In a remarkable about-face from the past few years, the United States Citizenship and Immigration Service (USCIS) announced today that after a week of receiving petitions for H-1B nonimmigrant visas, the 65,000 cap for the coming fiscal year hasn’t been reached. For the past several years, the USCIS has received far more petitions for H-1B visas on the first day applications were accepted for the coming year than it could issue.
Also, the 20,000 cap on petitions for visas for applicants with a U.S. master’s degree or higher has not been reached. As a result, the USCIS continues to accept FY 2010 H-1B petitions. The agency stated on its website that it will continue to monitor the number of H-1B petitions received and issue an update announcing that the H-1B visa caps have been met.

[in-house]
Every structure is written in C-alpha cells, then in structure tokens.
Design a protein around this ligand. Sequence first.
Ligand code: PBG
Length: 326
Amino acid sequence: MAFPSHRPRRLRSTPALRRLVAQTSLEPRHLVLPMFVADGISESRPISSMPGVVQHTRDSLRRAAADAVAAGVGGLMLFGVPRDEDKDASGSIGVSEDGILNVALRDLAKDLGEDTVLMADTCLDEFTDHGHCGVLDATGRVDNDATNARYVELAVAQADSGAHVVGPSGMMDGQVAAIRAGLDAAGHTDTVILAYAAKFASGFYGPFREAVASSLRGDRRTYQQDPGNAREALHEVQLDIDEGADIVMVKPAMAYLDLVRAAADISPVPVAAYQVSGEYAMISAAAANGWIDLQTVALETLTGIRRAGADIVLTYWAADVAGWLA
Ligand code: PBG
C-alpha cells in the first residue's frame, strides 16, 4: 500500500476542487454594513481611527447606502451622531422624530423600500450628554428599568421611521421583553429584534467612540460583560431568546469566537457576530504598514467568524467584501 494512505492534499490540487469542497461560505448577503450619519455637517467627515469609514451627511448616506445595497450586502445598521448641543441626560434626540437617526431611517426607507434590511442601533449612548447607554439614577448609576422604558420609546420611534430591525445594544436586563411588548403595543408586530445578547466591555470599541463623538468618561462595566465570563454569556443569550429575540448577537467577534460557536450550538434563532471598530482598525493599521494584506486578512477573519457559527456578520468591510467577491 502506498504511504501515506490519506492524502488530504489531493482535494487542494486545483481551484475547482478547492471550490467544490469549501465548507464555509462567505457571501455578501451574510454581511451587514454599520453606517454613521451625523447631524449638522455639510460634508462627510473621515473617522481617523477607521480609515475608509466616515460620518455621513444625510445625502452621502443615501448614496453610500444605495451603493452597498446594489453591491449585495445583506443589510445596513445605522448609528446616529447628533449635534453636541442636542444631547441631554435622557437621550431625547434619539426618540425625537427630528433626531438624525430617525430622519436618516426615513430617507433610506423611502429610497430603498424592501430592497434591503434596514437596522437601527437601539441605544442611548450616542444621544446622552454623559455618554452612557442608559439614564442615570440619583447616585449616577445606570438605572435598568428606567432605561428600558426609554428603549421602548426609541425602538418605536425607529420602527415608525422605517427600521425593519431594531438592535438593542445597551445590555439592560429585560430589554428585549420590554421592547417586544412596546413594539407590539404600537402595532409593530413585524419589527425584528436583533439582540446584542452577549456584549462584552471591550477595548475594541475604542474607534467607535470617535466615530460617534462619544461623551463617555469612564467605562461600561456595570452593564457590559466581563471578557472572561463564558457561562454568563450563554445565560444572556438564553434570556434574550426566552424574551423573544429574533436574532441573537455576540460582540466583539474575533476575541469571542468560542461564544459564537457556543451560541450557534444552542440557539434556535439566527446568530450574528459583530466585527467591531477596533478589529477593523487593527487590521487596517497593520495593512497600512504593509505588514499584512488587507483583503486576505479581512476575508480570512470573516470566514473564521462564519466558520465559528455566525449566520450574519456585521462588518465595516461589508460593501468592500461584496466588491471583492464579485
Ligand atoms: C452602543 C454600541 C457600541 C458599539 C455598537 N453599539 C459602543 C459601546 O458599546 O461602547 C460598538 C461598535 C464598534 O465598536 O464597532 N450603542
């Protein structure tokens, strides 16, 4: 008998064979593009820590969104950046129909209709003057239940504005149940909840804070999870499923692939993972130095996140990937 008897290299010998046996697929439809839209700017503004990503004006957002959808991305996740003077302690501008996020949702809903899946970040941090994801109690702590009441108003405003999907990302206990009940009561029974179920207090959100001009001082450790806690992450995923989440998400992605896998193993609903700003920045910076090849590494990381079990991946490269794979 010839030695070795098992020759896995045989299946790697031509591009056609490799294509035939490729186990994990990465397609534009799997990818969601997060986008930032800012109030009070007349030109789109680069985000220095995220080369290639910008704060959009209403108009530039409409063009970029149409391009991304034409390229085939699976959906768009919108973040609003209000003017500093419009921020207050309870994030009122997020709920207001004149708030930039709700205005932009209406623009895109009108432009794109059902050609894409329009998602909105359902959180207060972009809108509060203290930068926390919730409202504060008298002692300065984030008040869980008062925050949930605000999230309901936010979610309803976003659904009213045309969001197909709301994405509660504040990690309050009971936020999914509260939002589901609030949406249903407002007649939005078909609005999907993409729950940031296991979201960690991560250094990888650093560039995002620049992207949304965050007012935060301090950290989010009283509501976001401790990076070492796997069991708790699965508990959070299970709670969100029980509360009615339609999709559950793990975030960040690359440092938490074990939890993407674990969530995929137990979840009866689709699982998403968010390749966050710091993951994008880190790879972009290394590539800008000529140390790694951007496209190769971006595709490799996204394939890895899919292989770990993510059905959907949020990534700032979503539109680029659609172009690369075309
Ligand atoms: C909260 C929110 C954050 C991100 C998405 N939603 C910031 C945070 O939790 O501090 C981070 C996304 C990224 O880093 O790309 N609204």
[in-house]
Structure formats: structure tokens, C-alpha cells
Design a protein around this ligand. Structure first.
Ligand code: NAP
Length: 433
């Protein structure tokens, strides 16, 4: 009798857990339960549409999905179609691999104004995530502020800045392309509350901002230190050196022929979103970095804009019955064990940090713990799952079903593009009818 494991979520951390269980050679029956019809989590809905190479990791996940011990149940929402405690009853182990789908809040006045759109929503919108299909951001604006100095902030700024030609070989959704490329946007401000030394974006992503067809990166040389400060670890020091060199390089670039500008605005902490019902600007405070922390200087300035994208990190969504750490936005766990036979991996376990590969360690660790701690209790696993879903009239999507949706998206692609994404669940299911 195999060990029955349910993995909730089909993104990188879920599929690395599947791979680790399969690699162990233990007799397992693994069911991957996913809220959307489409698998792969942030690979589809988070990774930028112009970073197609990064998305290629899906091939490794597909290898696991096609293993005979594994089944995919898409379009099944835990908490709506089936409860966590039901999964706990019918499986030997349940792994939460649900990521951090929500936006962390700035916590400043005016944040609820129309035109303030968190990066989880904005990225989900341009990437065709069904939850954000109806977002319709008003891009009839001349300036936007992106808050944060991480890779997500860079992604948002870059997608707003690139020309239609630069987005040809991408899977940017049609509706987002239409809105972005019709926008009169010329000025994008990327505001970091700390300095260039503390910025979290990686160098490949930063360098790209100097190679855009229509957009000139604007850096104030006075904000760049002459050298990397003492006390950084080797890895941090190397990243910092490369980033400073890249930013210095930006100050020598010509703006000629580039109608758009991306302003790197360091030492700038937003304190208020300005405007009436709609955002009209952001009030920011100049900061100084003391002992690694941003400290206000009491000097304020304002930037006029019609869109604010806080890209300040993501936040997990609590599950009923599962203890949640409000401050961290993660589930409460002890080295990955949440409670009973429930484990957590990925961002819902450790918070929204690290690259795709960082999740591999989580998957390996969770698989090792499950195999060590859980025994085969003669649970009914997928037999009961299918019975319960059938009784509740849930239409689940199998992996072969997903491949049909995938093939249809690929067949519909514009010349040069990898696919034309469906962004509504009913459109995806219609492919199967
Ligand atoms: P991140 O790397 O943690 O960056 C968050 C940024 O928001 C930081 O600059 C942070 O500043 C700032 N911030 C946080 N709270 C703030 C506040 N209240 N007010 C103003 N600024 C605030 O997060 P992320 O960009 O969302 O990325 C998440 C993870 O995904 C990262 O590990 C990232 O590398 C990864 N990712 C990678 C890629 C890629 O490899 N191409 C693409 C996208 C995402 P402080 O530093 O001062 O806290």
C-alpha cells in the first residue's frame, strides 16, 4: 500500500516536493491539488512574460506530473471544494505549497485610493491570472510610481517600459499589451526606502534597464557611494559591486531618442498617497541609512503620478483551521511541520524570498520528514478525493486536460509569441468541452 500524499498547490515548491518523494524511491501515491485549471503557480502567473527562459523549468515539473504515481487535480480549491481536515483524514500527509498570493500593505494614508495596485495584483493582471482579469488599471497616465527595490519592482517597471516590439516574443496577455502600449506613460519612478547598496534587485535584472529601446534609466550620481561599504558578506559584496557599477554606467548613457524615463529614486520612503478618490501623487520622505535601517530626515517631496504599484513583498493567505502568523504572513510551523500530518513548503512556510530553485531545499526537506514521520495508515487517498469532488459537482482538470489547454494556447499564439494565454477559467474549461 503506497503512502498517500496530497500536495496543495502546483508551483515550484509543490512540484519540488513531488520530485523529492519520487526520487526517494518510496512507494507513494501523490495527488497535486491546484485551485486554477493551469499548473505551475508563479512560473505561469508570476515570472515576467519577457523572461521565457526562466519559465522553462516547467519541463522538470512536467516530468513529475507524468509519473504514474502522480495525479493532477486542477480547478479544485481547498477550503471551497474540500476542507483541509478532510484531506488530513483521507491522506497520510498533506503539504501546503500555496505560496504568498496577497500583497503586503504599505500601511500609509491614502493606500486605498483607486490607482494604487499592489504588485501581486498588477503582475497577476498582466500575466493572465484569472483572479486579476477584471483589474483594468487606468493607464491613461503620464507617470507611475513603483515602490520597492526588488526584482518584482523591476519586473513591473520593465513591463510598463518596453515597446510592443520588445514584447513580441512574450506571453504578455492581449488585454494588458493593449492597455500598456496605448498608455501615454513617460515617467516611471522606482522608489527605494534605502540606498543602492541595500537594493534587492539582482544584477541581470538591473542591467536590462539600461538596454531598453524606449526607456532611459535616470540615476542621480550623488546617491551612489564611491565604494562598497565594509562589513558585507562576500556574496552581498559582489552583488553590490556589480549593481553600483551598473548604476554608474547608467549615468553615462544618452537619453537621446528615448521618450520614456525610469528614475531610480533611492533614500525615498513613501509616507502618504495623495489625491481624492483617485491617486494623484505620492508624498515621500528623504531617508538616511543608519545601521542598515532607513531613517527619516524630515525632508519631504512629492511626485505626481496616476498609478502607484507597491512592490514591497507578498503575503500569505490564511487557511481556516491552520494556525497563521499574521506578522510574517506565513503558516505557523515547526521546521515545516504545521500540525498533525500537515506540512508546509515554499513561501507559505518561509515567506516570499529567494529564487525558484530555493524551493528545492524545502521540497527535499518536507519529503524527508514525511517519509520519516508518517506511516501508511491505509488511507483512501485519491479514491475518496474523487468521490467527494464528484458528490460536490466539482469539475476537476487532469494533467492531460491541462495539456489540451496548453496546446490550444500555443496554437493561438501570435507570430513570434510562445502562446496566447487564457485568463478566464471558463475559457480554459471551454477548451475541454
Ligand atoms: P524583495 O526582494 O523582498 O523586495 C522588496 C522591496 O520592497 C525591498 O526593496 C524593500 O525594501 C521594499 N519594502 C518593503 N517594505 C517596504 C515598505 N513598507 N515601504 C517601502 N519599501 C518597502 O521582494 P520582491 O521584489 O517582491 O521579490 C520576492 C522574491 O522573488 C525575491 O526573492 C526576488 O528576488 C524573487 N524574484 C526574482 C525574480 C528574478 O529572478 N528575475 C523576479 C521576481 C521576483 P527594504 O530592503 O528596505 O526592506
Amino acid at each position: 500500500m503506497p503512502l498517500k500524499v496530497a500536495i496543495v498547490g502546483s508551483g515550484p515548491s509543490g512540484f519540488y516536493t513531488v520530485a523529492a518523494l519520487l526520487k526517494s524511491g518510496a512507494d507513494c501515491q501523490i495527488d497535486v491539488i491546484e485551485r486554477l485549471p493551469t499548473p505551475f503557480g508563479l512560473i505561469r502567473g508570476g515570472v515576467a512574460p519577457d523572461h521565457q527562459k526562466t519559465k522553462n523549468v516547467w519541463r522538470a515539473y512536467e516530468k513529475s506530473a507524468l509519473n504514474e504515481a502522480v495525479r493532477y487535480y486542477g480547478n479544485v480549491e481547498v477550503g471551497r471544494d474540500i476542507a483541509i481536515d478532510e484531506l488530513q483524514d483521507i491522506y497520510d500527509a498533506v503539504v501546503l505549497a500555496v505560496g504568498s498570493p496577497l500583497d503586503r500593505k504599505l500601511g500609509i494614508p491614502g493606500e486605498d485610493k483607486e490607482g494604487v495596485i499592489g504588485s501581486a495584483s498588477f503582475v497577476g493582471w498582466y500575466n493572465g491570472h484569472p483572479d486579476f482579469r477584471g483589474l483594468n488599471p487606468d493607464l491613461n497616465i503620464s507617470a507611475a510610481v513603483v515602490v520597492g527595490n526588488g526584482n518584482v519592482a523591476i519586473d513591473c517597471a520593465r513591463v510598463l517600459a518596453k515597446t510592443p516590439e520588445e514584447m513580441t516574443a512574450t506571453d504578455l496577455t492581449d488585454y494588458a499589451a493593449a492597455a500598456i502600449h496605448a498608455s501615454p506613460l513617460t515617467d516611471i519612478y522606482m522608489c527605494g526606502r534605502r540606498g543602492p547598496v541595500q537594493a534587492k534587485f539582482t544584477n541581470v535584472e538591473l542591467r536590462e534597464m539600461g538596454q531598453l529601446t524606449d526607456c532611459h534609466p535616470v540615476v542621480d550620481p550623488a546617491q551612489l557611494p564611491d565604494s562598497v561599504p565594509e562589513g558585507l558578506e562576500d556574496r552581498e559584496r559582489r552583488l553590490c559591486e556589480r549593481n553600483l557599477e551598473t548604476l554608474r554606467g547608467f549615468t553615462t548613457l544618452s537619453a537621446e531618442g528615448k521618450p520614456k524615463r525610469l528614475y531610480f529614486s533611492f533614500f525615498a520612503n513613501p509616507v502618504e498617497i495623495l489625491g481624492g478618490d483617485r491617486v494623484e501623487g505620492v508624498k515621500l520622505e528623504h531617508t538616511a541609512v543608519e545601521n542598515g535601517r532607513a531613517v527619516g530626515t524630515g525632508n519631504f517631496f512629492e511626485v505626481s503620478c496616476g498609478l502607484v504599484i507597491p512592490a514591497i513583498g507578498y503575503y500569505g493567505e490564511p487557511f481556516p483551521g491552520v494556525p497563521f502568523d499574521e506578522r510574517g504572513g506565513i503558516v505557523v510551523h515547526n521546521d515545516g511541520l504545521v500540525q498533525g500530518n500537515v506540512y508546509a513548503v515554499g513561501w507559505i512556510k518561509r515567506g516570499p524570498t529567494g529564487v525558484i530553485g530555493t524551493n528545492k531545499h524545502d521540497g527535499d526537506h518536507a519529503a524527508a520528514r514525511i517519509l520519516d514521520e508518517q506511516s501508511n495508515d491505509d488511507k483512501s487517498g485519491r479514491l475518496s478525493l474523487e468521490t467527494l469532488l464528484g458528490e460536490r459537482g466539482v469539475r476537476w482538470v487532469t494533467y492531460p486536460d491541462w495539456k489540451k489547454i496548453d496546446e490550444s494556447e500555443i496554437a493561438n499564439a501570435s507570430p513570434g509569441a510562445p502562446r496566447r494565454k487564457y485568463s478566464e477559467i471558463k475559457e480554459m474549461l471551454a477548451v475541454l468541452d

Software giant Microsoft is filing fewer petitions for work H-1B visas. Microsoft general counsel, Brad Smith, wrote in Microsoft’s blog, “Given the economic downturn, we are filing substantially fewer H-1B applications than we filed last year. Unlike previous years, a majority of Microsoft’s applications this year are for employees who are already working for Microsoft in the U.S.”
Computerworld reported on its website that it has been 13 years since the government issued fewer than 65,000 H-1B visas, the maximum number of regular visas that can be awarded under the current cap. And in recent years, the number of applications has far outstripped the available supply, prompting the USCIS to use a lottery to choose H-1B recipients for both fiscal 2008 and 2009.
Learn more about changes in immigration by listening to the audio conference “Shifting Immigration Landscape: ICE Raids, E-Verify, and Other Enforcement Tools Under Obama” on April 30, 2009.